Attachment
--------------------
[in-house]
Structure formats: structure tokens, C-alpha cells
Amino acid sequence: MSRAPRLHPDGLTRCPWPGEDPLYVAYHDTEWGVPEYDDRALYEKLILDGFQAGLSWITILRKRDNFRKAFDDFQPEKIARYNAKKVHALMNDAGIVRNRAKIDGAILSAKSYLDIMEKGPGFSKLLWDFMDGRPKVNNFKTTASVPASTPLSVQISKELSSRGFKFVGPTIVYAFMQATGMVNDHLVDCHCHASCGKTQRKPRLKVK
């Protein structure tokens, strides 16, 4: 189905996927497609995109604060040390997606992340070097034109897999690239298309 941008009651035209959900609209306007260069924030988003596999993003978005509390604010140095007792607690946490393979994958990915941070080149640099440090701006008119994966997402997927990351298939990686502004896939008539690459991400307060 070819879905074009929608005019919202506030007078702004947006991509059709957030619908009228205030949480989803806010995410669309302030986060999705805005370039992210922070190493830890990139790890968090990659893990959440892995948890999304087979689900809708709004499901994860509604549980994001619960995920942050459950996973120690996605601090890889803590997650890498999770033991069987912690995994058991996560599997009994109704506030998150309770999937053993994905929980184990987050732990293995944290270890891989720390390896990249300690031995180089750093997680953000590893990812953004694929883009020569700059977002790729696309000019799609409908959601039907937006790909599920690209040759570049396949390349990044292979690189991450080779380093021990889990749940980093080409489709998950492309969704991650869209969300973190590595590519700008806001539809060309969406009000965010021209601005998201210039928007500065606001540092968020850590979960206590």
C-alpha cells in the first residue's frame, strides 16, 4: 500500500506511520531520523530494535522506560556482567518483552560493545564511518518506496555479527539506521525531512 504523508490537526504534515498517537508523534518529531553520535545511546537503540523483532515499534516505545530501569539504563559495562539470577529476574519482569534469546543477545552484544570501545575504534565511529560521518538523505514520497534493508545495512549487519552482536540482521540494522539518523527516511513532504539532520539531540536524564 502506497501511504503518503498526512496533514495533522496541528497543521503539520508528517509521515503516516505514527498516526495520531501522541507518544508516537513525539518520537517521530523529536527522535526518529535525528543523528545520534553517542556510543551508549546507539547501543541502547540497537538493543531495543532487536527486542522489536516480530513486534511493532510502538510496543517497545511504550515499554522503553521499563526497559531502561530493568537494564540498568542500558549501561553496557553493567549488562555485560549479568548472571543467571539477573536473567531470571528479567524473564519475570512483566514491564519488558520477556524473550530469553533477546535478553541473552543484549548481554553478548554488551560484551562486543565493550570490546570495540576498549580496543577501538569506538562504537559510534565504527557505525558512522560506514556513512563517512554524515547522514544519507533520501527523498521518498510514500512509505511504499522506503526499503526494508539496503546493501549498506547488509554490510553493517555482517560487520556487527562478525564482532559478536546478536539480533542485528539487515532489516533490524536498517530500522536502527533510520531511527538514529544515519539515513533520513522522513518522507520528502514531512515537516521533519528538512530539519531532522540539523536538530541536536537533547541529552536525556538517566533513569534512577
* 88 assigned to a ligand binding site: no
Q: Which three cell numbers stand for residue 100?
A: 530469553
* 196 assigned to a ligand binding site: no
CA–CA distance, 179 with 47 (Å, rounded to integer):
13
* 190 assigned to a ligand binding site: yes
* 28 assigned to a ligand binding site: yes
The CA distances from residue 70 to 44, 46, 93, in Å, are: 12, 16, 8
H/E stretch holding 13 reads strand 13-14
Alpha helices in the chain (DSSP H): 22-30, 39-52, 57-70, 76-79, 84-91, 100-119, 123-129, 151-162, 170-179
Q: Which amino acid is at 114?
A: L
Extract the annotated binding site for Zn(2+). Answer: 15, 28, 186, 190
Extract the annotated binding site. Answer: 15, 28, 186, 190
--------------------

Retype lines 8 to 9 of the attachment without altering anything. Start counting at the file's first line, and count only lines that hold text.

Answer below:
A: 530469553
* 196 assigned to a ligand binding site: no